A former student of my wine appreciation class at Southern Oregon University asked me an interesting question the other day: Was it better to be informed about wine, or to go blithely along drinking whatever one liked as long as it was pleasurable and within budget?
My entire life has been devoted to evaluating wine, and it's hard to turn that off. Though I might not go too deeply into an evaluation in a social setting, I can't help but look at wine critically whenever I am given a glass.
As I told my former student, this sense of evaluation comes from information and experience, and is not exclusive to wine. Not long ago, in Eugene, I had dinner with a couple of friends at a nice restaurant. As the courses were served, my friend had something to say about them all — sometimes complimentary, sometimes not, but everything he said was born out of a solid foundation. My friend, a terrific chef and wine personality, simply could not turn off his evaluators. I was grateful for the cuisine and company and left it at that, but I was also aware that I had learned quite a bit about the preparation of well-made cuisine.
This phenomenon is also true in the film industry. My son, who works in film, looks at movies at a much deeper level than I do and comes up with wonderful insights I never would have gained on my own. He helps increase my appreciation of what I had just spent two hours watching.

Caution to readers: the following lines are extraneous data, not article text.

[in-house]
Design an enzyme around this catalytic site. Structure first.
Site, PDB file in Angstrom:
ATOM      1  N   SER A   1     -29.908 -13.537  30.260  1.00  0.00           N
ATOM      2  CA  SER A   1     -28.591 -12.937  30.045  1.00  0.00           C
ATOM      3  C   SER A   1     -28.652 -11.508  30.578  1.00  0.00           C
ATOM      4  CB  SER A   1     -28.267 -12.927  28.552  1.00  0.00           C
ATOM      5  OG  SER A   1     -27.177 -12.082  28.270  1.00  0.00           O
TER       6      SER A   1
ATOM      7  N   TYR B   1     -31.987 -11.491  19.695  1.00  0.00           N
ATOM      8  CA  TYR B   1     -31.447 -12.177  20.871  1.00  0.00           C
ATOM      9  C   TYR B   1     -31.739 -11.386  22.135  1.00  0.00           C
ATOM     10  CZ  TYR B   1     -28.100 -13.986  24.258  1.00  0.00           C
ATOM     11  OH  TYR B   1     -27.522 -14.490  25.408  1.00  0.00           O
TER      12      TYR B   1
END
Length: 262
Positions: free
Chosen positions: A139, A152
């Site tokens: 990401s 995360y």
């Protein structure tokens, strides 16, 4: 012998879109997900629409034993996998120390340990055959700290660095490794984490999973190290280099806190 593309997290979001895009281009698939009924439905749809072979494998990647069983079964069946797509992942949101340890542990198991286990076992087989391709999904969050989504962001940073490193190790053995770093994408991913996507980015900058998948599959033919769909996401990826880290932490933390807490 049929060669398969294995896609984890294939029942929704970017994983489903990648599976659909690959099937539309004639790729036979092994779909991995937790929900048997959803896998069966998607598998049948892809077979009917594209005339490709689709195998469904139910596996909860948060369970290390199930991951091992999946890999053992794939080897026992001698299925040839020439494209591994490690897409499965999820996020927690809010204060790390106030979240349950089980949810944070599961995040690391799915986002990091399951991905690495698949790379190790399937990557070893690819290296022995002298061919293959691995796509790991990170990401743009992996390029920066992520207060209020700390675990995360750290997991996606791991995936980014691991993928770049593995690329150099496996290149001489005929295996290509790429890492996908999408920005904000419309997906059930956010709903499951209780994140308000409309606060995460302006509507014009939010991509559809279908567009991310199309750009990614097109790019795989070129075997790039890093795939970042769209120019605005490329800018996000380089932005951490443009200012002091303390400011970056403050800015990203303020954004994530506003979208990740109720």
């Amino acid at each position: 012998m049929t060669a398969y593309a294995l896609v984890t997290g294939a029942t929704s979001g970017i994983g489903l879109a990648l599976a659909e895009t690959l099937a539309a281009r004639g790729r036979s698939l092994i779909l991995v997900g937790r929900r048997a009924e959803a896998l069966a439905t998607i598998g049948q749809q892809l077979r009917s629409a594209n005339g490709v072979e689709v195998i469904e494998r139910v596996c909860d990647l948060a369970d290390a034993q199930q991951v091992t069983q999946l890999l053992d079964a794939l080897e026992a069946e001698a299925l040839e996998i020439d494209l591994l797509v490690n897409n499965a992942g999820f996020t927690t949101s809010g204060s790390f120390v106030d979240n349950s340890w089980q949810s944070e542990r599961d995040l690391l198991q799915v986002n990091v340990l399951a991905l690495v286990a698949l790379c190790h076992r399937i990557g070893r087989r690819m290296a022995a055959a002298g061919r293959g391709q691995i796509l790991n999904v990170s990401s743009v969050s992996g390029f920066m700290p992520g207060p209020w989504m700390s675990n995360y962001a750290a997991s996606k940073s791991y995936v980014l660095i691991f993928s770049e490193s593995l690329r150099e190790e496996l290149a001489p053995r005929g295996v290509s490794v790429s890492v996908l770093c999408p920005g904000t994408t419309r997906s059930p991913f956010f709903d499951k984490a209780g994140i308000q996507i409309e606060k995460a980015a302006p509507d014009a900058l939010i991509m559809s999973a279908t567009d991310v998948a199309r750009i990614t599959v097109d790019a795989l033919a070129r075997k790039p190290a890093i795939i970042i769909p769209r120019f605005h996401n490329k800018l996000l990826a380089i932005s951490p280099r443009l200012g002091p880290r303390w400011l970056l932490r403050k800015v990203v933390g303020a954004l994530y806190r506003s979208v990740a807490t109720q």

Being mindful in the enjoyment of wine increases the fullness of the experience. I have heard this time and again from students who have attended my classes. I think providing tools to understand what one is experiencing in wine is a very great gift.
Over the years, students have told me that because they were educated in wine appreciation, they went from being mere acceptors — folks who accepted wine given to them without questioning what was in the glass — to seekers of new experiences with finer vintages. This has been true with students who ultimately got into the wine business as well as those who are using their tools to increase their enjoyment of wine.
Wine continues, after all of these years, to hold a certain fascination with me. I understand that not all wine drinkers will be attracted to an information-based experience, but more than ever, especially in the exploding Southern Oregon wine scene, the opportunity to explore is one for the taking, and will reward you time and again.
Lorn Razzano is former owner of the Wine Cellar in Ashland and still works there part time. Reach him at firstname.lastname@example.org.